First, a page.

Interbound Romelu Lukaku was never meant for Chelsea

The Chelsea striker is set to make a sensational return to Inter Milan.

Have you ever bought a pair of snakeskin cowboy boots because you swore to yourself that this is the year you will stop caring about what other people think and finally live your primal truth, just for the sake of it wear? going out to a reception in the evening with unanimous derision before deciding you actually look like a complete idiot, leading to your subsequent, somewhat shameful donation to the local British Heart Foundation charity shop?

No? Yes, me neither. Honest. But Chelsea has.

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Romelu Lukaku turns out to be the Blues’ signature pair of snakeskin cowboy boots.

See, this time things should be so very different.

But since then, there’s no denying that Lukaku paid his dues.

Whether it was his burgeoning rise at Everton, his doomed purgatory at Manchester United or his almighty demolition job at Inter Milan, the striker eventually proved to be the most fabled of all mythical footballers – a tall man with a wealth of qualities in his inside leg measurement.

In theory, a return to Chelsea last summer should have been the perfect reunion – a chance for the player to show everything he’s learned throughout his continental odyssey at a team that, in many ways, was crying out for a focus for him of sorts.

Instead, Lukaku is now on the cusp of a year-long loan back to Inter just 12 months after leaving the San Siro.

The prodigal son came home, burned the garden shed, and now he’s gone again.

Aside from the fact that things aren’t really that simple, neither was Lukaku’s botched homecoming a fiasco of his own design.

Admittedly, the 29-year-old was less ‘thoroughbred’ and more ‘Blackpool donkey’ last term, and his anticipated renaissance has become something of a rehashed nuisance that eerily reflects the inexplicable curse that has also fallen to many of his big-money predecessors are to West London.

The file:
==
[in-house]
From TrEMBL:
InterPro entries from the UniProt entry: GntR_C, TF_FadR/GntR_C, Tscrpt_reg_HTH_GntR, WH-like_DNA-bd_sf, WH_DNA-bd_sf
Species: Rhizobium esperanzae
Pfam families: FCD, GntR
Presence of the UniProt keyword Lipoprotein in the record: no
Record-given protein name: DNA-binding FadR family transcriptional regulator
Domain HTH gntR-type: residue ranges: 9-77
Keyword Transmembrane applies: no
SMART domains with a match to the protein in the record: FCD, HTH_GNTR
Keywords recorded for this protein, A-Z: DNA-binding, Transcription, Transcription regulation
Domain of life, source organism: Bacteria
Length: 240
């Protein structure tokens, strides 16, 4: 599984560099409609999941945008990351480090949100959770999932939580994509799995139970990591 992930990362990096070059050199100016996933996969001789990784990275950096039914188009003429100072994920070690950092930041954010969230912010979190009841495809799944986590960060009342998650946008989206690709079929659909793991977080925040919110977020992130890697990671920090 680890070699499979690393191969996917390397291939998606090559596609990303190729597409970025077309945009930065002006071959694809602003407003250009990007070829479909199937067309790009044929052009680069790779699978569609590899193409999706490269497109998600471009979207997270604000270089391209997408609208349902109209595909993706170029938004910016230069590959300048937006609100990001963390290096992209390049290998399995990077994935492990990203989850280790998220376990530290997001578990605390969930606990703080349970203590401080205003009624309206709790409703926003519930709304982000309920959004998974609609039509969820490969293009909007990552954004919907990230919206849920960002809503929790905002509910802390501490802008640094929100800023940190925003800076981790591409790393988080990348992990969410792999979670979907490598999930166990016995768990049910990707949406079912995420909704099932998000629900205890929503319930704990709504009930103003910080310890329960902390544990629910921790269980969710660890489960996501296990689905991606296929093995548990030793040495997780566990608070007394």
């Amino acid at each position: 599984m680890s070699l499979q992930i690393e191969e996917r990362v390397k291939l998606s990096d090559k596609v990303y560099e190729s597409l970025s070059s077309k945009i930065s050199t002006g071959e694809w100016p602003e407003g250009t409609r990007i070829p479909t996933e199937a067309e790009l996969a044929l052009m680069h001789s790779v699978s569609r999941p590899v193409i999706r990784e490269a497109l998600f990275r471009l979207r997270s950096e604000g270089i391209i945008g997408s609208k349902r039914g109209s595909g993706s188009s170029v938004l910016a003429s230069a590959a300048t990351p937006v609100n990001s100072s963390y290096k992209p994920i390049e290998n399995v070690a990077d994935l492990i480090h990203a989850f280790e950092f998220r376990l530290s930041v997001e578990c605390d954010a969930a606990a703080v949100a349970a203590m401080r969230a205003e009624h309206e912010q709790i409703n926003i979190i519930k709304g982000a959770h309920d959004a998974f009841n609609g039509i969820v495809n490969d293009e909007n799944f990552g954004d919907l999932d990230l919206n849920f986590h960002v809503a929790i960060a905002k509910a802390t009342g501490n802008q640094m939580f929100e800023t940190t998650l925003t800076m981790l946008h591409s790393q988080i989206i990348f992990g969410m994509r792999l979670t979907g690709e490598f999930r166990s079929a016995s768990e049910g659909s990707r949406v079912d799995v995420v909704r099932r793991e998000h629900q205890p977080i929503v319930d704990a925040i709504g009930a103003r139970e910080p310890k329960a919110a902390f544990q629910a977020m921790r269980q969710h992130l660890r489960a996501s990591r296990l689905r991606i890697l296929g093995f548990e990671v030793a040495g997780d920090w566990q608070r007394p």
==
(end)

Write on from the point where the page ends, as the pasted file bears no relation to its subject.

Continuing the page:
Eight goals in 26 Premier League games does not make a successful club record. But there are probably other factors at play here as well.

Certainly no one but Chelsea themselves can take the blame for the £97.5million they spent to secure his signature at first instance.

Even in a market with astronomically inflated prices, that number felt like a considerable gamble – especially given that Lukaku’s last stint in England with United ended in such ignominious circumstances.

Likewise, the Blues’ decision not to pay more than £10.3m in loan fees is a responsibility the player cannot shoulder himself. Of course, as far as temporary arrangements go, that’s still costly, but the optics of an £87million disparity just a year away from his arrival at Stamford Bridge are bleak no matter the deal.

And then there are the reasons it flopped so badly.

Even with Lukaku scoring free points early in the season and running amok like Popeye in a spinach cannery, it was hard to shake the feeling that he could succeed despite Thomas Tuchel’s tactics, not because of them. By the time the honeymoon was over and the novelty had worn off, it turns out.

Spectators will rightly argue that the striker himself must take at least some responsibility for his incongruity, that perhaps he should have shown a greater willingness to adjust his play if the manager adjusted his approach.

But when a player with the Belgian’s apparent pedigree is limited to just SEVEN touches over the course of 90 minutes against a side like Crystal Palace (no disrespect to Paddy and the lads), one can’t help but wonder if the problems are too so are systemic as well as individualistic. In the end it was less “square pin, round hole” and more “Boeing 747, keyhole”.

When Lukaku’s frustration boiled over and he declared in a surprisingly candid interview in December that he wanted to return to Italy in the “near future”, Miss Marple didn’t need to see that the writing was on the wall.

Whether it was tactical incompatibility, a breakdown in personal relationships or even something else entirely, only Lukaku – and perhaps Tuchel – will know why things didn’t go as expected for the striker.

Now aged 29 and with back-to-back Premier League missteps sullying his textbook, it’s hard to imagine the forward ever returning to England.

The good news for him is that in Milan, the fashion capital of the world, snakeskin cowboy boots might just be acceptable. Interbound Romelu Lukaku was never meant for Chelsea


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